Mortgage Hints

Don’t build yourself a mortgage mountain. It’s fine to want the best home you can afford, but be certain that it is comfortable affordability. Although you may find certain mortgage lenders who will stretch your qualification ratios (the ratio of your total mortgage payment to your total income), the traditional ratios–the mortgage payment as 28% of your income and the total of your mortgage payment plus your monthly debt payments as 36% of your income–are good basic guidelines.

Get your budget under control. Spending some time reviewing your budget (or developing one if you don’t already have it) and sharpening your money saving skills can bring big rewards later. A coordinated budget allows you to get the most home for your money without strapping yourself while eliminating wasteful spending.

Prepare to pay off small debts. Having 3 credit card balances, for example, one with a $125 balance, a second with a $165 balance and a third with $275 balance will only cloud the picture. Even though the total is only $565, all 3 will have minimum payments, credit lines, etc. If possible, prepare to pay them down to $0 balances.

Begin to gather documentation. It is not necessary that you have all items on hand before you apply, but there are a number of documents you will need eventually and the approval process will go much smoother if you begin to gather them now. Examples: W-2’s and income tax returns from the last few years (especially if you are self-employed), copies of pay stubs, a copy of your credit score (you can get a free copy of your credit score here), records of any child support or alimony (either going out or coming in) and bank statements for all accounts (checking and saving) for the last several months.

Don’t forget about closing costs. In addition to your down payment, you will need to reserve funds for closing costs. Depending on the type of loan and your location, these costs can range from 2-5% of the mortgage amount, will be paid in cash at the closing and cannot be borrowed funds.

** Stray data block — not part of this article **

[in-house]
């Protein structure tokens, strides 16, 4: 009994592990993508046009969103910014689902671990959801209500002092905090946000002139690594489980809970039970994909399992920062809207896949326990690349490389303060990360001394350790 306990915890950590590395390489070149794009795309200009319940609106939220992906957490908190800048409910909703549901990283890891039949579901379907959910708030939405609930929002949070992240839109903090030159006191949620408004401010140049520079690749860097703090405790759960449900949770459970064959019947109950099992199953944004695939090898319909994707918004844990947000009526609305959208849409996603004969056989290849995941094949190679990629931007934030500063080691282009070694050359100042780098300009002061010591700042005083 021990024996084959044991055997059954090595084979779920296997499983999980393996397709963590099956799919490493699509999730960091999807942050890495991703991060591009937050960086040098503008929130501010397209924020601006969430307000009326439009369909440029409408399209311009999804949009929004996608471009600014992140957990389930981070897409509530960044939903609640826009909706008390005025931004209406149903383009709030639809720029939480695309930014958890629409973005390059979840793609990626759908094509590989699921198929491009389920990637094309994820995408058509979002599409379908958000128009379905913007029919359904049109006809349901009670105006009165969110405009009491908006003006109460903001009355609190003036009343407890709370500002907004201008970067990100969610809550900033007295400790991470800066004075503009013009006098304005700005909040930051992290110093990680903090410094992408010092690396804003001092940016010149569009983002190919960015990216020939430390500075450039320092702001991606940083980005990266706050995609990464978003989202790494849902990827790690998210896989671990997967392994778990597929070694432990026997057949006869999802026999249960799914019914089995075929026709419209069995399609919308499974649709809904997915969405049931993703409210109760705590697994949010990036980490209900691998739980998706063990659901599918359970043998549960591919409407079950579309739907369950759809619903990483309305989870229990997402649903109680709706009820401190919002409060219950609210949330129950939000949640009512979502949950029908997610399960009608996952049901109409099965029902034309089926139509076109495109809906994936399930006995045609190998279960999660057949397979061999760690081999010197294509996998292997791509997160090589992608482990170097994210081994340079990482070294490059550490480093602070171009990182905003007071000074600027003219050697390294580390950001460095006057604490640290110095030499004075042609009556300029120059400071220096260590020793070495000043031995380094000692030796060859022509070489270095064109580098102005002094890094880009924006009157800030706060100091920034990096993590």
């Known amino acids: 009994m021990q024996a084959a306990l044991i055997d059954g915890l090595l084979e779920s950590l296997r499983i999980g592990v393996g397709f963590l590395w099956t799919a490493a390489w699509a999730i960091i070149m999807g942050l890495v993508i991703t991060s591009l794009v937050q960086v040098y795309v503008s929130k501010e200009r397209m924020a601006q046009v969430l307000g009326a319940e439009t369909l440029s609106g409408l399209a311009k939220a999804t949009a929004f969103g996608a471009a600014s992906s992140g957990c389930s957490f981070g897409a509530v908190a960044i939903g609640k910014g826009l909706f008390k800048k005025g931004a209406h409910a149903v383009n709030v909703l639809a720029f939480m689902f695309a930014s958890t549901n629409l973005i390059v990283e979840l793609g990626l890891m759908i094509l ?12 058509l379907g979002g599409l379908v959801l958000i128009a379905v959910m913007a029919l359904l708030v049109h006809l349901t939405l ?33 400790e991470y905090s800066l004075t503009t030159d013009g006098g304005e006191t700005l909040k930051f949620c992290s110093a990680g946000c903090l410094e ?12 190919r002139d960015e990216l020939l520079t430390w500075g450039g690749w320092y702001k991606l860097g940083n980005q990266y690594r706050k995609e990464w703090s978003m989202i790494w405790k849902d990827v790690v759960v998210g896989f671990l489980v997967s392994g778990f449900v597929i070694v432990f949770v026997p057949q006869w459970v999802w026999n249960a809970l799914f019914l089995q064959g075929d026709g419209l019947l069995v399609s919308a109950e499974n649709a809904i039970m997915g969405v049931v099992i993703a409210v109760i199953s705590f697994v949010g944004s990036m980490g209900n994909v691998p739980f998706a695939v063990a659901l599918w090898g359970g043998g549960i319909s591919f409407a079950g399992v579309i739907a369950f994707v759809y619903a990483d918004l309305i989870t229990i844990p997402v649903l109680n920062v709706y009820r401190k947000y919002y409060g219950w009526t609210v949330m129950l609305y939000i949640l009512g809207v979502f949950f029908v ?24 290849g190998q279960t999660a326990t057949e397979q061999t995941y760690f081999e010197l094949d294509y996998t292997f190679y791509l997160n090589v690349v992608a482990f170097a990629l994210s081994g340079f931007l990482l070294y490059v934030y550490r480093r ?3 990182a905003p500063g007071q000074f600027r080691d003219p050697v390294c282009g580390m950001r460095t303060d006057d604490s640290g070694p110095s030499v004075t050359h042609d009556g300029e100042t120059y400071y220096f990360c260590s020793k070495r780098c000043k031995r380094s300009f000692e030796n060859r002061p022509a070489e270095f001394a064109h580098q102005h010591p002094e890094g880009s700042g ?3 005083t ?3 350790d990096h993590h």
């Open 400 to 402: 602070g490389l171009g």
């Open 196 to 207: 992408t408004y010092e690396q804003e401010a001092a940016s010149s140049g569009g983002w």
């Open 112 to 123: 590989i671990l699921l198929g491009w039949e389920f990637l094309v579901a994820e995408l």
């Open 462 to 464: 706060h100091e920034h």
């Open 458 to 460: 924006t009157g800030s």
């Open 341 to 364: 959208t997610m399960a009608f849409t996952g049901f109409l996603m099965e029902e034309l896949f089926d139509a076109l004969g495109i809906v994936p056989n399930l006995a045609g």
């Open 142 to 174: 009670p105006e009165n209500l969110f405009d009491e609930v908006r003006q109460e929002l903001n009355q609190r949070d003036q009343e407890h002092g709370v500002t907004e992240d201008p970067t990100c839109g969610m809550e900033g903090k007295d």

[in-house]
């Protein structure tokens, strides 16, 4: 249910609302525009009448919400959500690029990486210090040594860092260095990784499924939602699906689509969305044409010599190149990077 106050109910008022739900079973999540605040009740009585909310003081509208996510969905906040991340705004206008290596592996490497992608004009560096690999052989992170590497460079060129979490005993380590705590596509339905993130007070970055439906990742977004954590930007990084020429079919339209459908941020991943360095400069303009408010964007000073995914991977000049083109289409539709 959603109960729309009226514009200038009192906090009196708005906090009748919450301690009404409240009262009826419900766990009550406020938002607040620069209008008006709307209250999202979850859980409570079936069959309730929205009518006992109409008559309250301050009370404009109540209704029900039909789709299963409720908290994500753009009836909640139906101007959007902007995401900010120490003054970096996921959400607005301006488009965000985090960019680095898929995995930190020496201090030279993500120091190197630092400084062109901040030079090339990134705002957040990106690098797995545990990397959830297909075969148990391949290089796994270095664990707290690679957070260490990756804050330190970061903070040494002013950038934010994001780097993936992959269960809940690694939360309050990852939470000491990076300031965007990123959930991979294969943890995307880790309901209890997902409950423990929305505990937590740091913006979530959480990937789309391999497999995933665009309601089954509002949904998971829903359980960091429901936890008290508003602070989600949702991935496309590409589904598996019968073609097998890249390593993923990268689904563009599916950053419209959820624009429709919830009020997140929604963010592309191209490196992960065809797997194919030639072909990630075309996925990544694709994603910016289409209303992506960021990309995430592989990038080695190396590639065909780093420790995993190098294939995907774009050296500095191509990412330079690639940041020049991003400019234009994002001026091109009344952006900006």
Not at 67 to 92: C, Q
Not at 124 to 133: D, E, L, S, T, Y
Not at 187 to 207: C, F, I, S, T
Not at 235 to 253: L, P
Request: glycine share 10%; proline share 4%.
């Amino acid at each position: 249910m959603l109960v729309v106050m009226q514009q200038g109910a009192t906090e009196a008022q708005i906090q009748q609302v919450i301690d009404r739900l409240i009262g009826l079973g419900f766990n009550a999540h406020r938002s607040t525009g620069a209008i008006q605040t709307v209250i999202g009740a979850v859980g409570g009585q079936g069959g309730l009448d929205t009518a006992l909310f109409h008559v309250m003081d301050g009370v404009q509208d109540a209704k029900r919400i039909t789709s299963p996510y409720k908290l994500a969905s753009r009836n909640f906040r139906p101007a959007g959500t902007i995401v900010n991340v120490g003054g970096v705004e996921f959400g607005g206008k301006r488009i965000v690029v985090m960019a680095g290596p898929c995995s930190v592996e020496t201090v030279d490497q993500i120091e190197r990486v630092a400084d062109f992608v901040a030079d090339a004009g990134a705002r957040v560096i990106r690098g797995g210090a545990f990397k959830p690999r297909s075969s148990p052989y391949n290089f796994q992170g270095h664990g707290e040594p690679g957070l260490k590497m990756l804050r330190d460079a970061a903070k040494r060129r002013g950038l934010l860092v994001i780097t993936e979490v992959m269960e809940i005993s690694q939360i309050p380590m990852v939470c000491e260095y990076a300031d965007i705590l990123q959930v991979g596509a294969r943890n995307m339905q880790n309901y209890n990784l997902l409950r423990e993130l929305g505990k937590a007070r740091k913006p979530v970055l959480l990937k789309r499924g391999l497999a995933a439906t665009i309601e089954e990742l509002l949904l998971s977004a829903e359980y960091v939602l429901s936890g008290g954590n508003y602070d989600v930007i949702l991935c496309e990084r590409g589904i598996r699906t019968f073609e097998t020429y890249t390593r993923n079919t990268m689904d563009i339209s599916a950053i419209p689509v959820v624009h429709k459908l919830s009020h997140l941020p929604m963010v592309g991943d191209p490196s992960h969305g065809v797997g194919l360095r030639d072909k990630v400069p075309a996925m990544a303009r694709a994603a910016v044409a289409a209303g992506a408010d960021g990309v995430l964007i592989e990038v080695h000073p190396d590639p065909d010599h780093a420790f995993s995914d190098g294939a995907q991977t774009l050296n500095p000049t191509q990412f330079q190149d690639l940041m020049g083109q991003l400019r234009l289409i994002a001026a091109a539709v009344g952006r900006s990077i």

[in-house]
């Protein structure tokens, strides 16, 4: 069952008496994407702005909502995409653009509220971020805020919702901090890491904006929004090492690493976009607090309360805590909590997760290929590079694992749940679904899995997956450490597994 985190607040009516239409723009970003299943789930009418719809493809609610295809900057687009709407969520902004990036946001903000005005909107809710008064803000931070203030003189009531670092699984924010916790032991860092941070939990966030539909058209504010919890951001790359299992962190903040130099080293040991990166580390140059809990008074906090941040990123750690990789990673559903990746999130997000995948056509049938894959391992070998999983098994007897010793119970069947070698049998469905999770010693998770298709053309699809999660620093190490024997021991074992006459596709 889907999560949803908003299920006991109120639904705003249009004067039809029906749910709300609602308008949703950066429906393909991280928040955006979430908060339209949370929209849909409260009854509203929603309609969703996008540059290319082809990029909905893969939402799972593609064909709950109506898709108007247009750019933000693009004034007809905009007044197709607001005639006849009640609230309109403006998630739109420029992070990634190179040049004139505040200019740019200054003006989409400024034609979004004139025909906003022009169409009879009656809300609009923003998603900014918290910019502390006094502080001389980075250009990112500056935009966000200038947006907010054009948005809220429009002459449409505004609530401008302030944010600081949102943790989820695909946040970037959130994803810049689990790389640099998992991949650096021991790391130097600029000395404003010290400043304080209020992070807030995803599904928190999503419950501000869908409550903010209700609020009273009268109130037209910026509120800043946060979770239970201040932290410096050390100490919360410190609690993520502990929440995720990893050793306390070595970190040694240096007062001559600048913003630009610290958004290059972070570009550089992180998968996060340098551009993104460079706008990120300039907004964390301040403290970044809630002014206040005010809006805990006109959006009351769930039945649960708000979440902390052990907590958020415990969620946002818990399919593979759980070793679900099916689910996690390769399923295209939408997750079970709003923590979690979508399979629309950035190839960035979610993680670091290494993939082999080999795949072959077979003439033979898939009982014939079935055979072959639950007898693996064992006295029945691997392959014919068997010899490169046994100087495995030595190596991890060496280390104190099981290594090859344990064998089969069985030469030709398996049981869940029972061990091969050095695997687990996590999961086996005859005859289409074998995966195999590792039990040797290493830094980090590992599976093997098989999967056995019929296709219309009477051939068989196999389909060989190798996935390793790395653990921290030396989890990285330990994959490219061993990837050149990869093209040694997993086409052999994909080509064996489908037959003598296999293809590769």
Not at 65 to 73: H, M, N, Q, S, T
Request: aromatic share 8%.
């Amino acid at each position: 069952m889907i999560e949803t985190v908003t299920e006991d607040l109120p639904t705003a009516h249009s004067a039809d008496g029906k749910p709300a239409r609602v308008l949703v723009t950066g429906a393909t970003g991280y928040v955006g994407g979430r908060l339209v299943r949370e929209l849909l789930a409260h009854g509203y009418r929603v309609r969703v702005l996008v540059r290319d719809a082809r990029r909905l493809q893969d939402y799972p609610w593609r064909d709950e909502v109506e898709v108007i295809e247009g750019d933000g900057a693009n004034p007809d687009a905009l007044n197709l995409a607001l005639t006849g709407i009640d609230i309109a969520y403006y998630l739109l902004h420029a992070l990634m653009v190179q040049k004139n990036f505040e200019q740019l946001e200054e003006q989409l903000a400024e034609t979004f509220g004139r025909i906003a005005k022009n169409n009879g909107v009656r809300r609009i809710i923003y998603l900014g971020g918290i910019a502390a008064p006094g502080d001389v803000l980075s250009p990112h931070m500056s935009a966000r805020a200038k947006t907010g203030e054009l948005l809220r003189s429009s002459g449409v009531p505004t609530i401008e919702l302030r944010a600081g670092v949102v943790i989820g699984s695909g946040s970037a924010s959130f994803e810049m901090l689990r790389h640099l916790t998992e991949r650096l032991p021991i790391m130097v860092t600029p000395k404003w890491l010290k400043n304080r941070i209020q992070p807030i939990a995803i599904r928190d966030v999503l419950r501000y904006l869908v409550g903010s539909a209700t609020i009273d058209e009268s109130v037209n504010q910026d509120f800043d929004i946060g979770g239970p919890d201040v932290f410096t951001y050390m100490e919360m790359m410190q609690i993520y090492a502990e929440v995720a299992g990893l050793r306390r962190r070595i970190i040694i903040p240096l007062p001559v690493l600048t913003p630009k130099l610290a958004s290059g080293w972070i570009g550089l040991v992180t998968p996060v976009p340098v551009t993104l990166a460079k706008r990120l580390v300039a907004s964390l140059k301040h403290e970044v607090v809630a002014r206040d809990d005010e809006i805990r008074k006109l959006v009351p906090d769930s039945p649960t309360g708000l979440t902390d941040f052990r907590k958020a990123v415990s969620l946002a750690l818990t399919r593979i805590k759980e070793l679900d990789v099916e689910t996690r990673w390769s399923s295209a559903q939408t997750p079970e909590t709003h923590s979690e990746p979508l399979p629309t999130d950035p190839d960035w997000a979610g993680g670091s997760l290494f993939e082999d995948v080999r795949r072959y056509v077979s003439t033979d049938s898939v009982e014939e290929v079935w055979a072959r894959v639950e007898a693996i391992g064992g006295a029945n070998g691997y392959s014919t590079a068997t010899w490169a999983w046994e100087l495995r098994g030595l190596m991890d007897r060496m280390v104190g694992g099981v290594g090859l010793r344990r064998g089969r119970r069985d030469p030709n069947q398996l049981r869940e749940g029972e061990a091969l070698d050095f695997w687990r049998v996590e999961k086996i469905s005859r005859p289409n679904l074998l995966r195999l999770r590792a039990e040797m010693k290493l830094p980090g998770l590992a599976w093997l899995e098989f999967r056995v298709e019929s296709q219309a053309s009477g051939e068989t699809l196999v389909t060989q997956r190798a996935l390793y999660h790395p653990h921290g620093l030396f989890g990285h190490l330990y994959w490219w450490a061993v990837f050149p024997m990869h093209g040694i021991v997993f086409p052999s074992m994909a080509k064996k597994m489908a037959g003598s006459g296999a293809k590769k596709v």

Compare. There are lots of sources for mortgage funds–be sure to make comparisons. Your local bank or credit union, mortgage brokers and Internet resources such as Quicken Loans –where you can get up to 4 loan offers. Be certain to compare terms, down payments and loan types.

Consider points when comparing. Your total mortgage cost will be determined by 3 factors: The interest rate, the term and the amount of points. For a discussion on points, see the guest article written by Randy Johnson, author of How to Save Thousands of Dollars on Your Home Mortgage.

Get educated! Securing a mortgage is not all that complicated, but if you approach it blind, mistakes can be very expensive! Get as much information as you possibly can…whether from friends or relatives that have secured mortgages recently, from books and articles from authors such as Randy Johnson.

Consider a 15 or 20 year term. Many home buyers make the assumption that a shorter term will boost their payments out of reach. Unless you make the comparison, though, you may never know if a 15 or 20 year (if available) term could have been affordable. See a comparison of a sample loan. If you are concerned about committing to the higher payment of a shorter term, try this tactic: Mortgage the home with a 30 year loan but have the lender develop a 15 and a 30 year amortization sheet for you. Then, do your best to pay the mortgage at the shorter term payment. It will do wonders for your equity position!

Adjustable Rate Mortgages (ARMs). If you are certain that you are going to be in the house for a short time (less than 5 years for example) strongly consider an Adjustable Rate Mortgage (ARM). You will take full advantage of the lower intital rate and not be as concerned about rate increases since you will have moved when they begin to take effect. Tailor your ARM’s first adjustment period to the time you will be in the house.


How to Save Thousands of Dollars on Your Home Mortgage (New 2nd Edition) The best selling mortgage book in the country, for good reason. A no-holds barred glimpse into the entire mortgage process and industry, from an insider. Highly recommended!

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